“At one time the stock of hard words seemed to run out and the plunge into the proper names was about to be made on “Catiline.’  But the referees ruled this out.

     “’Tingling,’ vivify’ and ‘marquee’ proved too much for Miss Clara Comer, Messrs. Ellis and George Hoglen, respectively.  And now the contest, as it narrowed down after Dr. Frizzell went under on ‘circean,’ to a quintet became intensely interesting and exciting.  There stood in the south the quartet, Schaeffer, Hosier, Thompson and McKee, and all alone the north star shone in Mr. D. N. Kelly.  A bunch of ‘hyssop’caused him to retire.  Then fell Mr. Schaeffer on the mysteries in ‘elusinian.’  And then came the ‘anacreontic’ contest.

     “The championship seemed to a very large number of the spectators to be vested in Messrs. Frank Hosier and L. P. Thompson.  Mr. Hosier spelled ‘anacreontic.’ He was heard to the gallery to utter these letters in their order, but being ruled out, withdrew, and L. P. Thompson, seeing that this spelling had been ruled out, made a venture different from it, throwing the graceful Grecian bend of the letter “h” into the third syllable, and followed his comrade into the wings.

     “The stage was now clear for a moment and the great Webster’s Unabridged still reposed unclaimed upon the stand.  Mr. L. P. Thompson, convinced that Mr. Hosier had spelled his work right, moved that it be recalled; also Mr. McKee; and the spelling continued.  So Messrs. Frank Hosier, L. O. Thompson and Charles McKee stood up again.  The work ‘ipecacuanha’ threw Messrs. McKee and Hosier out, and Mr. Thompson won at last.  He had lost on ‘anacreontic’ by throwing an ‘h’ into it, but he won on ‘ipecacuanha’ by doing the same thing.  Mr. McKee had spelled it without an ‘h.’

     “After the spelling ceased, the award of the prize was made to Mr. Thompson, and the address by Col. M. P. Nolan to the next best man who first stepped down and out—Chairman Wuichet—was received with great applause.

     “The colonel slipped out of his usual Shakesperean range and dwelt upon Bulwer’s great play of Richelieu, quoting that Cardinal statesman’s celebrated lines; ‘Into the bright lexicon of youth which fate reserves for an illustrious manhood there is no such word as fail.  But you, sir, within this little book (the best speller) will find that little word fail.  You have found it.  You will receive now this little token,” said the colonel, ‘which the ladies of the noble Woman’s Christian association tender to you for your participation in the struggles of the match tonight.  You have fought nobly and your portrait and biographic sketch ought to adorn the illustrated atlas of Montgomery co.  This is the happiest moment of your life.’  Here the little volume, the best speller, with appropriate inscription, was placed in the recipient’s hands amid prolonged applause.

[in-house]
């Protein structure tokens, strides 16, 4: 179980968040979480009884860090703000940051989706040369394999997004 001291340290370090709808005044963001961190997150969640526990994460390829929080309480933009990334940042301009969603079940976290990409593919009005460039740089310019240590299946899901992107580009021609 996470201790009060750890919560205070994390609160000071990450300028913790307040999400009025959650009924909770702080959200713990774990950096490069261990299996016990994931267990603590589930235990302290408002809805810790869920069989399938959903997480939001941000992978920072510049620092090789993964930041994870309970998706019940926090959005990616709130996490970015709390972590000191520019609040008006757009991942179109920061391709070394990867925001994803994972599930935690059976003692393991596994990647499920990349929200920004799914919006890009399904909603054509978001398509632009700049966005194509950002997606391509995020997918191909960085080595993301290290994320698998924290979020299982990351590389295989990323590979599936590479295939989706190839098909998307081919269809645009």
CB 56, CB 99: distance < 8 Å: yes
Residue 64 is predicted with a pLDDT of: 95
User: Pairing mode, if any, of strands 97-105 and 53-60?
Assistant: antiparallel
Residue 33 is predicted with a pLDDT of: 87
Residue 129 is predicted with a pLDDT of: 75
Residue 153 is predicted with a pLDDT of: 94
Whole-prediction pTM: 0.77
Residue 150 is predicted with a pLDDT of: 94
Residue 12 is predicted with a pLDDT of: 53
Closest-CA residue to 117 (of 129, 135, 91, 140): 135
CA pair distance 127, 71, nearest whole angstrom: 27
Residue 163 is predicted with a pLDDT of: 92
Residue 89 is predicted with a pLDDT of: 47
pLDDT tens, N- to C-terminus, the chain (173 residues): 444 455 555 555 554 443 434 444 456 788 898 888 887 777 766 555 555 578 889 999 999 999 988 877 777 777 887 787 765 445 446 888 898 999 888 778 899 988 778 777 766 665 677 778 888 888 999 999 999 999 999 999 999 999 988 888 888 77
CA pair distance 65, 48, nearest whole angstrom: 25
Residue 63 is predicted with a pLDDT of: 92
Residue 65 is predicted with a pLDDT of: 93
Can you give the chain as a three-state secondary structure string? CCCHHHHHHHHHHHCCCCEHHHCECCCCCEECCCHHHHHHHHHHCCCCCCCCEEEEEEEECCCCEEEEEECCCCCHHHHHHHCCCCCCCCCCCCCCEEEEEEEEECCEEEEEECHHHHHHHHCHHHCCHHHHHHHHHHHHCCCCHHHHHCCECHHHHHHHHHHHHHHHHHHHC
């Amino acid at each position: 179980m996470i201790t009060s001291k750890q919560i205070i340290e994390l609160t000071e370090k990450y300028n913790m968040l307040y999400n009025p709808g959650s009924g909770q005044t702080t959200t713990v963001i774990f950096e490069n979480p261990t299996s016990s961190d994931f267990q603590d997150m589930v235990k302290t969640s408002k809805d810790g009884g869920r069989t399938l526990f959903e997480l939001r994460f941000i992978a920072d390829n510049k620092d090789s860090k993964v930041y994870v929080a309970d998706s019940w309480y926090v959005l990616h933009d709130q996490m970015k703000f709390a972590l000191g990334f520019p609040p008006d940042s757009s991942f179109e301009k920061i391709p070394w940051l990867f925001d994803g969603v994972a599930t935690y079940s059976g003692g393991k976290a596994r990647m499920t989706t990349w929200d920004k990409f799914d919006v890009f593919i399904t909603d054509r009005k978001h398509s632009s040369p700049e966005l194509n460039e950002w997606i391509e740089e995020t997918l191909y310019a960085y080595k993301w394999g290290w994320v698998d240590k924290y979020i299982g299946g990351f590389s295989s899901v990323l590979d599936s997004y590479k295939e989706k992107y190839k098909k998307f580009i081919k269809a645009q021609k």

“Mr. Wuichet, in the best of humor, received the little book, remarking that he was glad that he had taken part in the exercises and proud that he was able to spell the same word a great many ways.  In fact, said he, it won’t do for a man to tie down his principles of orthography to any book like this one, pointing to the great Unabridged, but to give a freedom and variety to his spelling.

     “The expenses of the association for hall, etc, were on announcement ‘taken up,’ and a large number of dollar contributions to defray the same were made.  The ladies will realize over $300 when all expenses are paid.

     The statement was made on behalf of the ladies that a scholarship in the commercial college had been tendered them to be competed for in a juvenile spelling match, with contestants taken from the public schools.”

     We have followed the files of the old paper carefully to find if the good women of the organization, which staged this “spelling bee” followed it up with another in which the scholarship mentioned was the capital prize.  Apparently they did not, but were content to rest on the laurels won at Music Hall that night.

     Mention of other “spelling bees” are to be found in the files over a period of several years following this one, but as a rule they were conducted more for the entertainment of certain little groups than for the general public.  Then they became largely a part of the social life of rural school communities.  Something had come along to dull their edge so far as the “city folks” were concerned.  We find Music Hall given over wholly to theatrical attractions; there were no bookings for “spelling bees” following that historic night of March 16, 1875.  Skating rinks had spring into popularity.  Dayton had several of them, one of which was said to be the largest of its kind in the middle west.  Reading between the lines of the old files one cannot escape the belief that the skating rink, more than any other form of amusement, stepped in to usurp the place of the time-honored “spelling bee.”

     But 59 years later, emerging from four frown-producing years of the depression, the cycle swings once again, and it’s the “spelling bee” instead of the skating rink that is coming back into its own.  Big towns and little are brushing up their dictionaries, and the old “blue back speller” of grandfather’s day is more in demand at thousands of libraries than copies of the six best sellers.

     The simple things of other days—back when we used to be so happy, and so poor—are being dusted off and given a new birth of usefulness.  So who knows after all, but the depression will yet prove to have been the most valuable experience through which this country ever passed for the reason that it brought back the simple joy and happiness our forefathers knew.